Health and Safety just got tougher!
The 1st February 2016 brought into force the much anticipated Sentencing Guidelines for Health and Safety, Corporate Manslaughter and Food Safety and Hygiene offences.
For those who practice in this area, some will have already noticed an increase in the levels of fines for health and safety offences being handed down by the Courts in anticipation of these guidelines coming into force. It is an age old belief that the higher the penalty, the more likely the deterrent. As a result of these guidelines, fines will now consistently increase and spectacularly so, throughout the country.
Health and Safety
There are now formulaic categories of culpability and harm that will be used to determine the level of fine which will be assessed in conjunction with the size of an organisation. The bigger the organisation, the higher the price it will pay. Culpability will now be assessed in terms of levels starting from low i.e. minor through to very high i.e. deliberate. Harm will be assessed on the basis of the risk of harm posed through to the actual harm caused. The size of an organisation will be determined by its turnover as opposed to its actual profit. The categories range from Micro for a business with not more than £2 million turnover through to Large for businesses with a turnover of £50 million or more. Where the Defendant is an individual culpability and harm will be assessed in the same way however there will also be a matrix to determine a category range for punishment with a greater potential for custodial sentence. Even for low culpability offences, a 26 week prison term is a possibility.
For Corporate Manslaughter offences Culpability levels are assessed as either serious or more serious. The sentencing categories are eye watering, up to £20,000,000 for Large organisations.
Food safety and hygiene offences
The guidelines follow the same format for these offences however additionally, evidence of systems, procedures and remedial action will no longer be taken into account.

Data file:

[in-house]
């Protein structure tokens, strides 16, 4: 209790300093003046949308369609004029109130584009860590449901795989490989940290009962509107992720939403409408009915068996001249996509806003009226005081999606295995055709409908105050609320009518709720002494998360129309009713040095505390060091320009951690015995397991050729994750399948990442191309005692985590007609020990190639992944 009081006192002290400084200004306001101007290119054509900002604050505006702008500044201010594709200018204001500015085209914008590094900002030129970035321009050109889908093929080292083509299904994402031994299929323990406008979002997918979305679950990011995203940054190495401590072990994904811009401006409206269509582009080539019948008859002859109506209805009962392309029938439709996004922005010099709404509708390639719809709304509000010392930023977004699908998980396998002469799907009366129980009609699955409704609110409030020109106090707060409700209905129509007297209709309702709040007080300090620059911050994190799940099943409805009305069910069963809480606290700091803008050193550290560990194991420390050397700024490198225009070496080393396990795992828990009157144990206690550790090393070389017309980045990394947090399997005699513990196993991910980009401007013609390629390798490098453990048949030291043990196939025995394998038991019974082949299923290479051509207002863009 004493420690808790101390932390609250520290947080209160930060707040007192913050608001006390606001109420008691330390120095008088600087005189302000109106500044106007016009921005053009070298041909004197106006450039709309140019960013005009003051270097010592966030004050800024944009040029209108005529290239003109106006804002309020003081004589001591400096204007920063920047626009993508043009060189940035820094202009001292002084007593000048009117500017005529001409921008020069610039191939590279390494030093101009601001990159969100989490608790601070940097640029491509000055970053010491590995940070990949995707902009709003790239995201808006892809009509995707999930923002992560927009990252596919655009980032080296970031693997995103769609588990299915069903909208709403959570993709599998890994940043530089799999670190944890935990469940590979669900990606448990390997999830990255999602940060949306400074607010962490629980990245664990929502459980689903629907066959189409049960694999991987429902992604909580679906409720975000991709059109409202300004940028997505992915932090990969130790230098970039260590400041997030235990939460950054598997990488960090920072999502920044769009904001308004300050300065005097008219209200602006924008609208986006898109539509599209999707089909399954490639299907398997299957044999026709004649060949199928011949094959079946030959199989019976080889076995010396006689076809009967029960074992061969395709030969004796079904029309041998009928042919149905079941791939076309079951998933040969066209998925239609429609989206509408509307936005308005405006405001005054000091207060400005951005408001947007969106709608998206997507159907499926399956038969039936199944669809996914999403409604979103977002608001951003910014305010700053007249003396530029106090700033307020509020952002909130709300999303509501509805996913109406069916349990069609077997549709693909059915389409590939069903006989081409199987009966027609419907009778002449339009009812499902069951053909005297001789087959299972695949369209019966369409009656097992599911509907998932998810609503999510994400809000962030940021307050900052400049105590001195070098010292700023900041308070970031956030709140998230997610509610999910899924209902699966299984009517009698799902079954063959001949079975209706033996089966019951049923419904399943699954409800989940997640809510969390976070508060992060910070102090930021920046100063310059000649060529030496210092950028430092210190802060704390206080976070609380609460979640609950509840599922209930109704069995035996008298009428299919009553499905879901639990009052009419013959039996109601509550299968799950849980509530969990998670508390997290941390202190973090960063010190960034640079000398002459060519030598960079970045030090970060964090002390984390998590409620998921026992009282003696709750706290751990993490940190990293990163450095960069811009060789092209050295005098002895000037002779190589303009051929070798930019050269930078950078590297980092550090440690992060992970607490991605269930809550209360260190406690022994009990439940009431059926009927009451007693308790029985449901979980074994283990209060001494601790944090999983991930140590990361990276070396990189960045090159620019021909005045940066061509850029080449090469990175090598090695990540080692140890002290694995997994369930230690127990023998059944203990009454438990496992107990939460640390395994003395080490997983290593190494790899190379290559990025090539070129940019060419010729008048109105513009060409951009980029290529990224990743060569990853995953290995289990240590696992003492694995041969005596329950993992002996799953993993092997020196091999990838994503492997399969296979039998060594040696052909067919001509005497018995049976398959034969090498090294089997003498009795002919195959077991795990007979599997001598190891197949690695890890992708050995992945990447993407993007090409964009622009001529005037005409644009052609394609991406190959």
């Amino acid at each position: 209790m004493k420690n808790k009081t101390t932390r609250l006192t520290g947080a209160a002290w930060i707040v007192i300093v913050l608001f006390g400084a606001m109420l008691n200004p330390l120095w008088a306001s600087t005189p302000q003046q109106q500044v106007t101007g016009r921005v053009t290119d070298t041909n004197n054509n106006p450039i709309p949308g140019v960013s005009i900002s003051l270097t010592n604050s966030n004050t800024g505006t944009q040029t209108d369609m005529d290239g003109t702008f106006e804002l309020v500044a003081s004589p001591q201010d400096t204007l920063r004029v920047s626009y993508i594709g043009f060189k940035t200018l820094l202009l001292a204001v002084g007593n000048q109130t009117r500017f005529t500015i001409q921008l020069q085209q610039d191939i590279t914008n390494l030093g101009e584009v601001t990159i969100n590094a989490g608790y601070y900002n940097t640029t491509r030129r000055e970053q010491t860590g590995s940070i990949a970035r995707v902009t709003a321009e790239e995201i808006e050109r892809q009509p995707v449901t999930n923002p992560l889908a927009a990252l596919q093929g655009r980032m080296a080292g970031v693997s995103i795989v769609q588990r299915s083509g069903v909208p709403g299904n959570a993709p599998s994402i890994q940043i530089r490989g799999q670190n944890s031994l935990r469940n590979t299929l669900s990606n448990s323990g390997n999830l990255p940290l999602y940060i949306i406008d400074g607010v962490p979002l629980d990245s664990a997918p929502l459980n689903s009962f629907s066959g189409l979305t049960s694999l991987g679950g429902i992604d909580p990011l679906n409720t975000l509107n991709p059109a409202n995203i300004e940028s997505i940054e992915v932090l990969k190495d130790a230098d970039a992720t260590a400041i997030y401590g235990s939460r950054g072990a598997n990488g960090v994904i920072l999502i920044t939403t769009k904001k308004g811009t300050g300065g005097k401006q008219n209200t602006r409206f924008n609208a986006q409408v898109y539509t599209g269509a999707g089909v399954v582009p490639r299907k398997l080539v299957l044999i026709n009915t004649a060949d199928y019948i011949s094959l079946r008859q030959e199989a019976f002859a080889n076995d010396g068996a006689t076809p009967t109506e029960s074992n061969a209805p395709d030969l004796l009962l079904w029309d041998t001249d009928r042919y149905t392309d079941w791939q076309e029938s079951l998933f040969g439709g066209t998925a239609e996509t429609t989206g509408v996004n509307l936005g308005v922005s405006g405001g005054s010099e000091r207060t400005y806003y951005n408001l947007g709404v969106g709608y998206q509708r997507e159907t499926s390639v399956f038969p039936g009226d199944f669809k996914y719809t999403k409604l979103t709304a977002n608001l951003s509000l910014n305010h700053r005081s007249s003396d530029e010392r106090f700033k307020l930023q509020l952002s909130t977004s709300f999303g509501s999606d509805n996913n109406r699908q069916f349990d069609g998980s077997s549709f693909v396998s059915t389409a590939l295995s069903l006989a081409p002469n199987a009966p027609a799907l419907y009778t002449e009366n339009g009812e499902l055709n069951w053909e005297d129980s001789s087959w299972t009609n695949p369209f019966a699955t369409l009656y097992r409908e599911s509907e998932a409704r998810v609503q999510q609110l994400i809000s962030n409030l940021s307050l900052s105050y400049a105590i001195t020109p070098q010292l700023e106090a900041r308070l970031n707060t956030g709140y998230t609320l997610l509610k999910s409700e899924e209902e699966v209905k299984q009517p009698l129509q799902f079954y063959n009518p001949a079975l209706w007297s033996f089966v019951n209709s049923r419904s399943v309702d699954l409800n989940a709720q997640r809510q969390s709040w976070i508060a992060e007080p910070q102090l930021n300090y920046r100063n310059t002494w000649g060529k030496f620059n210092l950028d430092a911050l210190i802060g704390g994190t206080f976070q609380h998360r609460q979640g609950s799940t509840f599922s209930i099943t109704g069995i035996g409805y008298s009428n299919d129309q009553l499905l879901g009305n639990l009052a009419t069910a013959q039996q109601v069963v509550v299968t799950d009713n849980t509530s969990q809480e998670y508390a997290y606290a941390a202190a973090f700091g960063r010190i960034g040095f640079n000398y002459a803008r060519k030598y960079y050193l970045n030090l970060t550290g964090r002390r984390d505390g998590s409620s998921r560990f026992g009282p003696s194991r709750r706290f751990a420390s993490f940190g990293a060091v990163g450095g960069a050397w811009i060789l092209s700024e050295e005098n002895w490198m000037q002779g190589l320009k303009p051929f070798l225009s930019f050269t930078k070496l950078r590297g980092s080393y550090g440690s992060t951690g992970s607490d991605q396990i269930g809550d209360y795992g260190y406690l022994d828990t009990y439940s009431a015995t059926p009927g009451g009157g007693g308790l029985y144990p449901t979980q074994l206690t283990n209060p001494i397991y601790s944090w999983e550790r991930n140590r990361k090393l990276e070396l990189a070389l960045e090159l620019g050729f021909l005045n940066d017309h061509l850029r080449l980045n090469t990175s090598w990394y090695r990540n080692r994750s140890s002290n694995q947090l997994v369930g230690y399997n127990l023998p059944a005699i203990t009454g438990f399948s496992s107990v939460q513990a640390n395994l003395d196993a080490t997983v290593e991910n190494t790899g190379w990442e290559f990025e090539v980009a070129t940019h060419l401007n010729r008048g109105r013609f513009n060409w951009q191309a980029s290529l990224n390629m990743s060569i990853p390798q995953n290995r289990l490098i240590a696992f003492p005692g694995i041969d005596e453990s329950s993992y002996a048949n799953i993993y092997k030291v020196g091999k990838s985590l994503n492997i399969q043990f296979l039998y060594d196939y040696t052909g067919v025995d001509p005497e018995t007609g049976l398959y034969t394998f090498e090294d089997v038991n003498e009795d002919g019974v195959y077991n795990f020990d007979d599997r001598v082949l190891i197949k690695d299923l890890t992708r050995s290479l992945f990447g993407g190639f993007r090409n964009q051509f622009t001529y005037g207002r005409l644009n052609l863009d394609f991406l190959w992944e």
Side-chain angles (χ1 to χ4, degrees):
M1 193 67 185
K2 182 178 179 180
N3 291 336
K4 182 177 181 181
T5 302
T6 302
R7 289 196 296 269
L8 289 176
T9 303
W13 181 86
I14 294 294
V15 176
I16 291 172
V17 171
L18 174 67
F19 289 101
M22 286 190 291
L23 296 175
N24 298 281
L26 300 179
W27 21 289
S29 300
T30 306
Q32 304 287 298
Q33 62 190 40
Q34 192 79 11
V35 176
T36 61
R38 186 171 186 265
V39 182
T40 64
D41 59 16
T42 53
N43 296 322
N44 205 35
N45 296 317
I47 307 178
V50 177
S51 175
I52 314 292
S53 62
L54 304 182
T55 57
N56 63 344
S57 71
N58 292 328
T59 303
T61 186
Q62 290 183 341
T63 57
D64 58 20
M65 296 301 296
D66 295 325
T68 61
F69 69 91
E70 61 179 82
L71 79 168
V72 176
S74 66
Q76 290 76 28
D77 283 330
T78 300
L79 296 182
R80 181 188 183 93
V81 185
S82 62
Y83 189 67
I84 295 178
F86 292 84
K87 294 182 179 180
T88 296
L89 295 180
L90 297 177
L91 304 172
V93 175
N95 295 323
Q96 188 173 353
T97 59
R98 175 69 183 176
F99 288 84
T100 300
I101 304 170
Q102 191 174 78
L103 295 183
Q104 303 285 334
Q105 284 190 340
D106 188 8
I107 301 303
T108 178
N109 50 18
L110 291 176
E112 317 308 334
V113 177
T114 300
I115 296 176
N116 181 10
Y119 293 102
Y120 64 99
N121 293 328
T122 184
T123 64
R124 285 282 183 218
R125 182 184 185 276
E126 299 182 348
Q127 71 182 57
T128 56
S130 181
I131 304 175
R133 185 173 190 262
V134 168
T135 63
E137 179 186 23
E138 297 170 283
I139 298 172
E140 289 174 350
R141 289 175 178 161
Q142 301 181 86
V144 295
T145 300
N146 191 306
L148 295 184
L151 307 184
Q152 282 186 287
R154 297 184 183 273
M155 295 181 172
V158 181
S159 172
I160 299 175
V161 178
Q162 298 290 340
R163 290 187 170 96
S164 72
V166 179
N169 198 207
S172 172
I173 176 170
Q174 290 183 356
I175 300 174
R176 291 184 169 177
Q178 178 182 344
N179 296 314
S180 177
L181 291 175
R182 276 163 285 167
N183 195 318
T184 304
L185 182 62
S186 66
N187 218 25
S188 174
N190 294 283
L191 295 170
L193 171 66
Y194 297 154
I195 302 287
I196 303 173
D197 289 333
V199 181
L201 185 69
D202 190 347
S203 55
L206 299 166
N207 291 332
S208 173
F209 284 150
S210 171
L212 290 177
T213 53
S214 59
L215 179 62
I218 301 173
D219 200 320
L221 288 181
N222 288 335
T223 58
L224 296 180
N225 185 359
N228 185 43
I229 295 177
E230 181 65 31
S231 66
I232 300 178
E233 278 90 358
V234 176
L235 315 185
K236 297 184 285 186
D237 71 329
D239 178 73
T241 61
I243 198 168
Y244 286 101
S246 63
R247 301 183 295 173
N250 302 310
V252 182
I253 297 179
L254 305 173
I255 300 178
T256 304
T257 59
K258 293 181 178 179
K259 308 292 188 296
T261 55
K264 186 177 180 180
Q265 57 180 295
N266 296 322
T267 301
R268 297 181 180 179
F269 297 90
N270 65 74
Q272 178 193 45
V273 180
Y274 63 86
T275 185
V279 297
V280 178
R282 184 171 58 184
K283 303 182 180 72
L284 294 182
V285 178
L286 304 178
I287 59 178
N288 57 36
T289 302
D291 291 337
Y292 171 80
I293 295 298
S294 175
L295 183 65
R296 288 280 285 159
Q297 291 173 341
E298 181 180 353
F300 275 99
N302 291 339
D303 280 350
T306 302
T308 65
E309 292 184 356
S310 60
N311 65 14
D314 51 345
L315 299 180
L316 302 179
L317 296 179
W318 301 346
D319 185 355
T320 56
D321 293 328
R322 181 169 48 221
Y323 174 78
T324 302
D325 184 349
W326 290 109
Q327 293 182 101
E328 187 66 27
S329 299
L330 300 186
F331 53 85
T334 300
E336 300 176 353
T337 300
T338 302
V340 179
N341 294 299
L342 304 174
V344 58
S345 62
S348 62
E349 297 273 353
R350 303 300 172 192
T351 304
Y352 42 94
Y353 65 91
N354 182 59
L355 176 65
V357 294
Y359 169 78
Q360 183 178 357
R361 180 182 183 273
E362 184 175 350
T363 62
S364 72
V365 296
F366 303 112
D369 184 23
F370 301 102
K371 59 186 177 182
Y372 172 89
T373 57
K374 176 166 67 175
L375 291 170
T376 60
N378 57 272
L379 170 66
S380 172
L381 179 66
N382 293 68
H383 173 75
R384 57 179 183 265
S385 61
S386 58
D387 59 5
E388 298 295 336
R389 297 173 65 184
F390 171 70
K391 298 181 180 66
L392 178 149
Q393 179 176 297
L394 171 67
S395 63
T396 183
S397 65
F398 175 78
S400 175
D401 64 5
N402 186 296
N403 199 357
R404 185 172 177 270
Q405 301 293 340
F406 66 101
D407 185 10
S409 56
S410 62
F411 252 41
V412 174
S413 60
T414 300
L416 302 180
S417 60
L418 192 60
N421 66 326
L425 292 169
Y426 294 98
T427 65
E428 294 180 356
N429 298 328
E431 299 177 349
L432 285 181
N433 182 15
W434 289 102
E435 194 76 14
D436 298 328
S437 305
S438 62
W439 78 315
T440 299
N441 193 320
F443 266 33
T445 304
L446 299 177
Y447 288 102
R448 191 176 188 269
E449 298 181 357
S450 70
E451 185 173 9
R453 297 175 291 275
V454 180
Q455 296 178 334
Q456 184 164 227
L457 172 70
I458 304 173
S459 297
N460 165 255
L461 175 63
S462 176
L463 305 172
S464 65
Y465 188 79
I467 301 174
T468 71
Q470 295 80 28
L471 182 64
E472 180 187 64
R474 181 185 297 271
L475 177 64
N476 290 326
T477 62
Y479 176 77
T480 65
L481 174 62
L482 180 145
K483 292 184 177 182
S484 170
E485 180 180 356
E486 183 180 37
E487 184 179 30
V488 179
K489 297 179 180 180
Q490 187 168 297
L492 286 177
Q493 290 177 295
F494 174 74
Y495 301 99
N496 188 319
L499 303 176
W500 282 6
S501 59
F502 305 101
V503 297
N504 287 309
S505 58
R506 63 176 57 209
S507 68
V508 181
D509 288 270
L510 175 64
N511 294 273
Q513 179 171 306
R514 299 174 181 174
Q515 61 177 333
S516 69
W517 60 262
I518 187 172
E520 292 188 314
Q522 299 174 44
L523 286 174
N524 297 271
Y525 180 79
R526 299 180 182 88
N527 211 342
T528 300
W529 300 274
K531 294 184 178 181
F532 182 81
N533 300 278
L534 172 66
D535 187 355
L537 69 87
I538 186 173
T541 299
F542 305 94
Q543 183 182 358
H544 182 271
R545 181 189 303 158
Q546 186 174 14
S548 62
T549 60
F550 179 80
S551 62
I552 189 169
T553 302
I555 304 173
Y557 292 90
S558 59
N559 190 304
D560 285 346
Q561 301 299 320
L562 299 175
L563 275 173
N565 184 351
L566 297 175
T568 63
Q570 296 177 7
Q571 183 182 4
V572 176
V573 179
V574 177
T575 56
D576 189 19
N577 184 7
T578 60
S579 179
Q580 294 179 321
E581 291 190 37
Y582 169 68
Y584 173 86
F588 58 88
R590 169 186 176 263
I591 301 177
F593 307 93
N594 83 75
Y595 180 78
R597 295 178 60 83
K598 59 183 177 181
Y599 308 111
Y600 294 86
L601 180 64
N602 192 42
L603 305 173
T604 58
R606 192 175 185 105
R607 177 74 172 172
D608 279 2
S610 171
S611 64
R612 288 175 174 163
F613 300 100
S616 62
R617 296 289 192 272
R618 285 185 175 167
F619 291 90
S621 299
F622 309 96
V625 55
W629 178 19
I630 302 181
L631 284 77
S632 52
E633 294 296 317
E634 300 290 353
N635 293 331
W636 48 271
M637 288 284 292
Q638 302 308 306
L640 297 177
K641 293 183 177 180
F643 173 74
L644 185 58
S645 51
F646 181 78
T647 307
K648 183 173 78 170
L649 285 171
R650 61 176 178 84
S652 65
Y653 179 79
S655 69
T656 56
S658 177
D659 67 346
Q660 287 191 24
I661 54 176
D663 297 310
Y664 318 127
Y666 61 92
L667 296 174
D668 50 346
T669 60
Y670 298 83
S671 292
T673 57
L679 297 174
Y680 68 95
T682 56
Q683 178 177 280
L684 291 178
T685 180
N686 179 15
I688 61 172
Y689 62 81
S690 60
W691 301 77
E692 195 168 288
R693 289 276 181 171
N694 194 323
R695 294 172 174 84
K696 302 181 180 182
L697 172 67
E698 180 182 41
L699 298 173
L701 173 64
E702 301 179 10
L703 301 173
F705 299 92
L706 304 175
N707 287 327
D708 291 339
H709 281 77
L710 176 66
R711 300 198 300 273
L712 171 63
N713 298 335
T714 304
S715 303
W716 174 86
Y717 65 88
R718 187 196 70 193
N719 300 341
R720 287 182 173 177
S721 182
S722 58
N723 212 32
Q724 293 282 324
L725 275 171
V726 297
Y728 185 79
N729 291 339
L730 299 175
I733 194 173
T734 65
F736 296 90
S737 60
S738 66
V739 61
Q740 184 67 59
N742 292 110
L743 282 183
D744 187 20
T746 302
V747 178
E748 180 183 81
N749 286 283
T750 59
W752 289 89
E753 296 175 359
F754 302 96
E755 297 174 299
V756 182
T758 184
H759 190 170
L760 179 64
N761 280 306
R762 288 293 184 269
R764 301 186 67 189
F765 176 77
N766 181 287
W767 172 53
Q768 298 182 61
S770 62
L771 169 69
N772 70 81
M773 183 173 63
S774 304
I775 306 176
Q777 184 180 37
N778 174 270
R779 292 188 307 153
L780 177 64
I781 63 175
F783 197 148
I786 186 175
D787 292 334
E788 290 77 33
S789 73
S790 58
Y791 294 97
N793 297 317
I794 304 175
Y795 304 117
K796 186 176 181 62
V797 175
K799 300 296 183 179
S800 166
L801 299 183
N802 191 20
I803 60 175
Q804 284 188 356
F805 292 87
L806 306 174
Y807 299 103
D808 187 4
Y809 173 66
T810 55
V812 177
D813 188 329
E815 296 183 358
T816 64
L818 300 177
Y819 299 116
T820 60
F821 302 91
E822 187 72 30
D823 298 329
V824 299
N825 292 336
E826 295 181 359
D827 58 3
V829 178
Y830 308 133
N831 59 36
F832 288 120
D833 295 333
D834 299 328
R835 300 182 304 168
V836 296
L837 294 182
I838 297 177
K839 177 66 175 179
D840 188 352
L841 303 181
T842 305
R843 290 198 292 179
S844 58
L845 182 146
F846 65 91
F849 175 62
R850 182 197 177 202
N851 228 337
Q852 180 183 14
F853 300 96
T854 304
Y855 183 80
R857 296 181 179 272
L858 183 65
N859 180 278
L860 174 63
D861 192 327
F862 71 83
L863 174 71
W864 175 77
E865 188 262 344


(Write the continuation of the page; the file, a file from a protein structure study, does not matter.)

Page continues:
What does this mean…
Prosecutions are likely to take considerably longer to conclude and costs will increase. Duty holders may be ill advised to plead guilty at the earliest opportunity given the fines that are now at stake. More health and safety cases will run to trial. There would appear little incentive for a Company to concede its assessment of “harm” and “culpability” given the difference could be anything in excess of £1 million. In the event of a guilty plea more Newton Hearings will take place to establish the facts of a case and there will be greater use of experts in even the most simple of cases.
The new guidelines cannot fail to have a serious impact on the way in which organisations conduct their business activities. The financial implications of failing to take protective measures will be crippling. Greater scrutiny is now needed when renewing EL/PL insurance policies to ensure organisations/individuals are properly protected in the event of an incident. More than ever before duty holders will require their team of advisors not only to analyse the law but also to provide forensic advice to establish the correct turnover category and analysis of a Defendant’s finances. Clearly, early and controlled management of the regulatory process will be vital to steer any intervention away from the most serious categories listed.
For further information please contact Ashleigh Harold:- email@example.com